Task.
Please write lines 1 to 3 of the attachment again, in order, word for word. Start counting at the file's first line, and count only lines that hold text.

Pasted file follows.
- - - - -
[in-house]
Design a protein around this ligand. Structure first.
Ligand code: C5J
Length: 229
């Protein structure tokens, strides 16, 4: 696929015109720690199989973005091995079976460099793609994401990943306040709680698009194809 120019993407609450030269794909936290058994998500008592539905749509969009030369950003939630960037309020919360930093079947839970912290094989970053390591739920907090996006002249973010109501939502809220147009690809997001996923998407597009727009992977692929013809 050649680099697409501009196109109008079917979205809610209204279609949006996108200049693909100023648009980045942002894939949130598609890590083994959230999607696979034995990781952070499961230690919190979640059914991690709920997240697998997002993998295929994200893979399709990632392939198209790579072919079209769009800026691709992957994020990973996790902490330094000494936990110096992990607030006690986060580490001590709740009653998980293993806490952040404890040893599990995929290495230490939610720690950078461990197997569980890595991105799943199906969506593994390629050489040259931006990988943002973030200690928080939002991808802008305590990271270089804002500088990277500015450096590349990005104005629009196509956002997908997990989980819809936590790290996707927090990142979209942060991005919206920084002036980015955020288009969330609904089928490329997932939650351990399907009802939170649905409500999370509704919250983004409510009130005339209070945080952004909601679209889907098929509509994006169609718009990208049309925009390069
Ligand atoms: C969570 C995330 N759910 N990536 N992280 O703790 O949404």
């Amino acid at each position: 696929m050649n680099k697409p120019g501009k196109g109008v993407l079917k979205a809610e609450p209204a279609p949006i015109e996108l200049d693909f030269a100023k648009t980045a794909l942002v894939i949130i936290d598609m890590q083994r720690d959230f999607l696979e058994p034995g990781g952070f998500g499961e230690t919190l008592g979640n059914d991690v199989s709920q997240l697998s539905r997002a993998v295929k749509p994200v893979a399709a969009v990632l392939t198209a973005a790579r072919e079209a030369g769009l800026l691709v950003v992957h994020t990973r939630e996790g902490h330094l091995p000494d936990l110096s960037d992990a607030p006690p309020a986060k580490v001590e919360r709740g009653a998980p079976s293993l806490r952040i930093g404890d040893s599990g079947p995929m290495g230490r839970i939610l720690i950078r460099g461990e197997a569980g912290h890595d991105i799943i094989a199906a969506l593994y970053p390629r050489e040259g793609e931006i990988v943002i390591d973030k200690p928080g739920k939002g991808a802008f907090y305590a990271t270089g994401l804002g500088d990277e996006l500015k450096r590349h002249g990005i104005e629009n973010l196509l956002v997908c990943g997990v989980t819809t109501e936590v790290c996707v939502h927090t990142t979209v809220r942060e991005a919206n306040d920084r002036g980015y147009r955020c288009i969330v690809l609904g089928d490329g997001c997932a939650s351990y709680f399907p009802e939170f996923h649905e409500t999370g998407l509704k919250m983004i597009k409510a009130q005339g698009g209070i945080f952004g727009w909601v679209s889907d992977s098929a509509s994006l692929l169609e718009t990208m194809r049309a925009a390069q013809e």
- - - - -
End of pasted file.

[in-house]
Design a protein around this ligand. Structure first.
Ligand code: C5J